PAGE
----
The upshot is a certain rejection of the Pakatan, now obviously a Hate-Malay Hate-Islam elephantastic dance the wildly-charismatic Anwar Ibrahim is leading from where-to-nowhere in particular.

Anwar is finally the loser in this Hate-Malay Hate-Islam caper the DAP is seen to be leading with his school-mate, Raja Petra, as the thumb sucker.

In many mosques all over the country Malays who once prayed for his release from prison now read Sodom and Gomorrah in the Holy Qur’an, showing certain distaste for Anwar, his strange-bedfellows and his type of politick.

His, they say, is a mission to become premier at any cost and by any means.

Unless Teresa was out-maneuvered, whatever it is she had done merely makes her a political kookaburra, laughing alone by the billabong and having little else to do by the limitation of her own nature, and stature.

Now it is Anwar and the Pakatan a lot of the Malays want out, a quick change of mind perceiving him as a leader who will be at the mercy of the DAP.

The Pas too is in trouble again. Whatever is the party doing sleeping in bed with the DAP?

That obviously must have been the reason for the Pas’s Kota Raja MP, Dr. Mariah Mahmud, to quickly lodge a police report against former Selangor Menteri Besar, Khir Toyo.

To counter the effects of his remarks against Teresa it was feeble and wishful, making Mariah a willful nut-cracker attempting to remake what has already become a trap and placing Teresa limp upon the rocks. A slip will equate with her drowning.

After the Pas is known to have been discussing informally with Umno to avoid a Pakatan takeover that cannot be undone, it is difficult to conceive the three strange bedfellows can concur and conclude the marriage of convenience with an unabashed, neat and fruitful ménage et trio.

Teresa Kok may or may not have willfully taken the country closer to ethnic combustion than had anyone else in this season of economic and political depression.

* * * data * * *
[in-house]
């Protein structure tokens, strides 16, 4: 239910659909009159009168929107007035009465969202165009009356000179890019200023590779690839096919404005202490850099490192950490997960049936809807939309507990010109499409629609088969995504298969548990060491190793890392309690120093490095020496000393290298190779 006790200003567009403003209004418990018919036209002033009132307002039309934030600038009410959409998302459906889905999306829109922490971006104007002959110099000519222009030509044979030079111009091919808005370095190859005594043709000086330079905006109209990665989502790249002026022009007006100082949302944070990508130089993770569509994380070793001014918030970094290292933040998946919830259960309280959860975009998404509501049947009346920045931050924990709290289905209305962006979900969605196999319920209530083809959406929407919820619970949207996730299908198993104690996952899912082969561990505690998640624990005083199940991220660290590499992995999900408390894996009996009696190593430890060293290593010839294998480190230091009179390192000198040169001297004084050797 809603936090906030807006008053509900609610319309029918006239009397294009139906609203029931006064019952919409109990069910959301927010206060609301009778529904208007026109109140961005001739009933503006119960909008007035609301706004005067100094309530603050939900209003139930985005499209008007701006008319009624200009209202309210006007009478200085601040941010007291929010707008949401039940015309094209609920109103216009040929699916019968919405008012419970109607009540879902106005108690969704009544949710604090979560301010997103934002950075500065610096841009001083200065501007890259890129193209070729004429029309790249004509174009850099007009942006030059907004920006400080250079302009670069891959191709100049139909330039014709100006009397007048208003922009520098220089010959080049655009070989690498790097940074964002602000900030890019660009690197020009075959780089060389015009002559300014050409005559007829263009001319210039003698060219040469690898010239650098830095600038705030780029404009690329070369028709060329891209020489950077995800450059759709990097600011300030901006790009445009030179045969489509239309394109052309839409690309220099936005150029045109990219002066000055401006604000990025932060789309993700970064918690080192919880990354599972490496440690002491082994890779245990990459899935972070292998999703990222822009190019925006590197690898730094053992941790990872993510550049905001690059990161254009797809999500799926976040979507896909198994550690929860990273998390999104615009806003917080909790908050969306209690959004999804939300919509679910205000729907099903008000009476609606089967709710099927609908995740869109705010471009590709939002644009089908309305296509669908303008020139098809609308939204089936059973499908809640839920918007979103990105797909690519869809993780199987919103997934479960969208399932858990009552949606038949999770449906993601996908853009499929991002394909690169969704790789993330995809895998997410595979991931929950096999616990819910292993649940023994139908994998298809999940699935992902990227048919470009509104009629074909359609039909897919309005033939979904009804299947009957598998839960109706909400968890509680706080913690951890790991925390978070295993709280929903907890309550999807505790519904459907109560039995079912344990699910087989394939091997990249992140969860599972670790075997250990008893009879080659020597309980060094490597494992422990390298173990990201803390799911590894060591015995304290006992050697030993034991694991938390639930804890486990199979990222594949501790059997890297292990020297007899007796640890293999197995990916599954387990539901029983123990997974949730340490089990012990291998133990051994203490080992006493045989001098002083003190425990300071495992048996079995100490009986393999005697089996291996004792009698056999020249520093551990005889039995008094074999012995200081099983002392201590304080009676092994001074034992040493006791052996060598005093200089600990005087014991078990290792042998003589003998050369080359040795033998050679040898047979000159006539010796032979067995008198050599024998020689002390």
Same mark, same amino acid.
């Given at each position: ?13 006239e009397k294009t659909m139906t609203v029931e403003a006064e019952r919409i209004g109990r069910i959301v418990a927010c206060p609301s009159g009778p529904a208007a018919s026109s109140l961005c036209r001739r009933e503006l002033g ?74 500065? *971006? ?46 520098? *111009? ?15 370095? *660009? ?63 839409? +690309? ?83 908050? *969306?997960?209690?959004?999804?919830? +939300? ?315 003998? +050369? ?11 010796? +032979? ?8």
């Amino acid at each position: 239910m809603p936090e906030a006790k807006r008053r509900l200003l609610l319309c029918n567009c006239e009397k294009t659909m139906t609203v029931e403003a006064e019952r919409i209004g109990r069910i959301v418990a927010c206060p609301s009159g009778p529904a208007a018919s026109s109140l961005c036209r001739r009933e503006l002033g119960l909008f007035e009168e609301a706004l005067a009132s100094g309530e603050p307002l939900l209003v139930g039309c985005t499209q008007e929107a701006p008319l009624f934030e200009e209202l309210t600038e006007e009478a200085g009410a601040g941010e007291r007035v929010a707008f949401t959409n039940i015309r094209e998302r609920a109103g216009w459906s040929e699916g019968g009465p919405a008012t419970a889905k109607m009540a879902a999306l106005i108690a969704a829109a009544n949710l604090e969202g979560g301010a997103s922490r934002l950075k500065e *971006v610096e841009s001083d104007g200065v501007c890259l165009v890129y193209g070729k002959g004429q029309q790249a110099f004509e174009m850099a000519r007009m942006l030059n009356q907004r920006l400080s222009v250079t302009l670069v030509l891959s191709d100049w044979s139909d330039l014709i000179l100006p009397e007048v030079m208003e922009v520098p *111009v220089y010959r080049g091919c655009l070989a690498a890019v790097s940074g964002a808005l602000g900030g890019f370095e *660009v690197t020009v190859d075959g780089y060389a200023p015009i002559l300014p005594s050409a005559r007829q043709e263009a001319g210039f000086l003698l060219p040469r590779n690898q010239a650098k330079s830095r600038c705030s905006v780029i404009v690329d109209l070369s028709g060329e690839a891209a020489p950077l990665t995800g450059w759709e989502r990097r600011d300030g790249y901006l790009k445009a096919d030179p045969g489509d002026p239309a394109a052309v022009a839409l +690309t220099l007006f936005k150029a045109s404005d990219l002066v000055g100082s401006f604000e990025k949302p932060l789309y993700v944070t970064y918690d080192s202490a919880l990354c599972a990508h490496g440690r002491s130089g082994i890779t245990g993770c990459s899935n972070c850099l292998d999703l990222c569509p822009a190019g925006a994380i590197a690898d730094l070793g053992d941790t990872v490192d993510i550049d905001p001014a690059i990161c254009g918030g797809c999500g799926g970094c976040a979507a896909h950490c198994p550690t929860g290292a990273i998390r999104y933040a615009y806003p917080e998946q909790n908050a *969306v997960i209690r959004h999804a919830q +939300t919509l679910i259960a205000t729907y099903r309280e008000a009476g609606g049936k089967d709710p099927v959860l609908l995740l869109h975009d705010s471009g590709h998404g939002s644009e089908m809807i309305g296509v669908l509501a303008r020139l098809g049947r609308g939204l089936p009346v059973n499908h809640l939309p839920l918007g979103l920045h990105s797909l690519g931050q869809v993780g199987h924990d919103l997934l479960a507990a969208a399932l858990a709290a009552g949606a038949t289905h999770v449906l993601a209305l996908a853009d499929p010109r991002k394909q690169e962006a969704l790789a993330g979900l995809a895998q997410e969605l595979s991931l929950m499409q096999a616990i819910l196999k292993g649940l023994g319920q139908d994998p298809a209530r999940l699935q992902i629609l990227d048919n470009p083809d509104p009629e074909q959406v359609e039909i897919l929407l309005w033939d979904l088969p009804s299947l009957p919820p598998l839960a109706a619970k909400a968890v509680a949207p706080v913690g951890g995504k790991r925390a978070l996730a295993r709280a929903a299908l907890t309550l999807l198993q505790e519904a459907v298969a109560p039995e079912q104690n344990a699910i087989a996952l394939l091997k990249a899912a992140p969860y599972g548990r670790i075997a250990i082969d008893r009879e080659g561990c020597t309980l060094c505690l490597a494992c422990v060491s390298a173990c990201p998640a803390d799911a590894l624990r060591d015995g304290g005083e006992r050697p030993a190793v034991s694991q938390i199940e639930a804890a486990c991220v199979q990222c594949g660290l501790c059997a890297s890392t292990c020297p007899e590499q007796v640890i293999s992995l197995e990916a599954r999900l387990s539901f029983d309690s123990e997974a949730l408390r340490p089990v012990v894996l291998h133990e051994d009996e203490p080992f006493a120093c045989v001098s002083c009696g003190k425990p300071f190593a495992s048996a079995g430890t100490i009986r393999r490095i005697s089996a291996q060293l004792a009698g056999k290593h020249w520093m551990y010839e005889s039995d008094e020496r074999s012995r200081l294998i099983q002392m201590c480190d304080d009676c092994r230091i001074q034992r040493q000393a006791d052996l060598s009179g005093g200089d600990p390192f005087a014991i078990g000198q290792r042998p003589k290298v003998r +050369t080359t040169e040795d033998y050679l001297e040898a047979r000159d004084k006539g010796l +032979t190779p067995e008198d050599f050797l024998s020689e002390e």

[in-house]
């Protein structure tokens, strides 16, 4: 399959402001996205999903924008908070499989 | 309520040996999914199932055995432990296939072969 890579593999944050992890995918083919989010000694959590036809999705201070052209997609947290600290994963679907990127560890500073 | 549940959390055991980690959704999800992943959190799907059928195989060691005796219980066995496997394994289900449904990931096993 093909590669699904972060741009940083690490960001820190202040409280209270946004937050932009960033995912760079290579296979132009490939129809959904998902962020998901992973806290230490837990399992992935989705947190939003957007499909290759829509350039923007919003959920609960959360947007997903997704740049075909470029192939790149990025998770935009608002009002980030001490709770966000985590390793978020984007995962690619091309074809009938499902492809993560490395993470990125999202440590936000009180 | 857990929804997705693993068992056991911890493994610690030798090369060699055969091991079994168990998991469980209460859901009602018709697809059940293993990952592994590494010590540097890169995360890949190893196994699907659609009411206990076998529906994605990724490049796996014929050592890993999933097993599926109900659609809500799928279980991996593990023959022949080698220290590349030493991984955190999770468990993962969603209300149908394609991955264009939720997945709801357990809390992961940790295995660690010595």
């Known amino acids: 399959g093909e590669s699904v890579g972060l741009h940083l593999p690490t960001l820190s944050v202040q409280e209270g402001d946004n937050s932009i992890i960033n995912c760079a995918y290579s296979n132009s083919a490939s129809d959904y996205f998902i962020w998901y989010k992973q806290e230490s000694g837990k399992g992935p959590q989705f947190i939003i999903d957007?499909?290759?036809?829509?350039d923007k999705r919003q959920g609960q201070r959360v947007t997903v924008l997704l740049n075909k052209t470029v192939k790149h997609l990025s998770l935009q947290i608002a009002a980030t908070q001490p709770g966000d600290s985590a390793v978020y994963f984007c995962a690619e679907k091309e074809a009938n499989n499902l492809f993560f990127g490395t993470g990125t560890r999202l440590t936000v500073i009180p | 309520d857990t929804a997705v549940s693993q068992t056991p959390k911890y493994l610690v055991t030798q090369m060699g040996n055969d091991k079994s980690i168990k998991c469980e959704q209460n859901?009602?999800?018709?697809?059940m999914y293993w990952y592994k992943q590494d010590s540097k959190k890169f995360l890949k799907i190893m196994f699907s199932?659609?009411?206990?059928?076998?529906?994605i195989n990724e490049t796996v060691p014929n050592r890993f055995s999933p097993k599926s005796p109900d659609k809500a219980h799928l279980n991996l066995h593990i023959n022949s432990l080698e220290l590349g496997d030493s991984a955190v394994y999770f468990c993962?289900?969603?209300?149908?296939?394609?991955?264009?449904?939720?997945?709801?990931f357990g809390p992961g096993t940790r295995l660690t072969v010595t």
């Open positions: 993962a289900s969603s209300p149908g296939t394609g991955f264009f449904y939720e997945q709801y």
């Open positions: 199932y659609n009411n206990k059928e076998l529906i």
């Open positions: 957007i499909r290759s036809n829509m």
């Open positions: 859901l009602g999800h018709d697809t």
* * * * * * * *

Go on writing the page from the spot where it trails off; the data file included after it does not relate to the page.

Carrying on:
But it is rather apparent Teresa did nothing to dissuade the remarkably coincidental protests among some Chinese in Selangor to aggravate the already tense situation.

It is clear there’s not going to be a let-up. Many are waiting for the Selangor Menteri Besar, Datuk Khalid Ibrahim, to open his mouth and reveal his position concerning his Senior Executive Councilor’s conduct in view of Islamic ritual propriety and Chinese letters on all road-signs, sans the Jawi script.

Will he continue to keep her in his state government? Will he be consulting the new Opposition Leader, Anwar Ibrahim, and leave it to Anwar, who is PKR’s Adviser, to decide the fate of the sassy damsel in self-distress?

This is Ramadhan and it has been eventful for millions of Malays and Muslims who convene nightly for the special Tarawih prayers, then adjourn to the corridors of the mosques for tea and talk.

Perceptions built in this way are difficult to change and once the idea is fixed the truth does not anymore matter.

I am told in Kota Damansara the mosque first complied, then minds changed and tempers build instead, which was probably why the police acted in a hurry.

One way or another, the months that follow this September ought to make for a time to remember. --- a. ghani ismail, 15 September, 2008

Friday, September 12, 2008

Dark Clouds Over Malaysia?




The punishment meted on the Umno Bukit Bendera chief, Datuk Ahmad Ismail, generally perceived as too drastic, has made the Umno president and premier, Datuk Seri Abdullah Ahmad Badawi (Pak Lah), too much a caricature of power to be redeemable.

Now, two days after, we are suddenly told Malaysia Today Blogger Raja Petra Kamaruddin was arrested under the ISA and three newspapers were asked to show cause, meaning the security situation is under some threat.

Are the events inter-related and the threat is coming from tensions that have been rising since the March general elections and the June fuel price hike? We are not given enough to even guess intelligently.

To make matters worse, Singapore issued unfriendly restrictions affecting Malaysian travel, causing security to loom more important than it could actually be.

On Wednesday the Umno Supreme Council, under pressure from Gerakan and MCA, sentenced Ahmad Ismail by a split-decision to three years suspension for what cannot be anymore than name calling of Malaysian Chinese as “Asian Jews” and as “squatters” (setinggan?).

With all 13 Umno divisions in Penang (including his) giving Pak Lah the butt over the issue the Gerakan raised, the prime minister and party president should have known better than to push as hard as he did to punish the party divisional leader.

The Umno leader was suspended for three years and relinquished of all his political and social positions by the Umno Supreme Council on Wednesday.

But what did Ahmad actually say during the Permatang Pauh by-election campaign which seemed to have extremely offended Gerakan nobody cared enough to inform the people.

All that’s known is the fact a vernacular newspaper had dedicated three paragraphs to what Ahmad was alleged to have said.

Now, as a result of the three para report, Gerakan, which was mauled in the 2008 general elections, wanted Ahmad detained without trial for saying ‘the Chinese in Malaysia are squatters and cannot expect equality vis-à-vis the Malays and Bumiputras’, or words to that effect.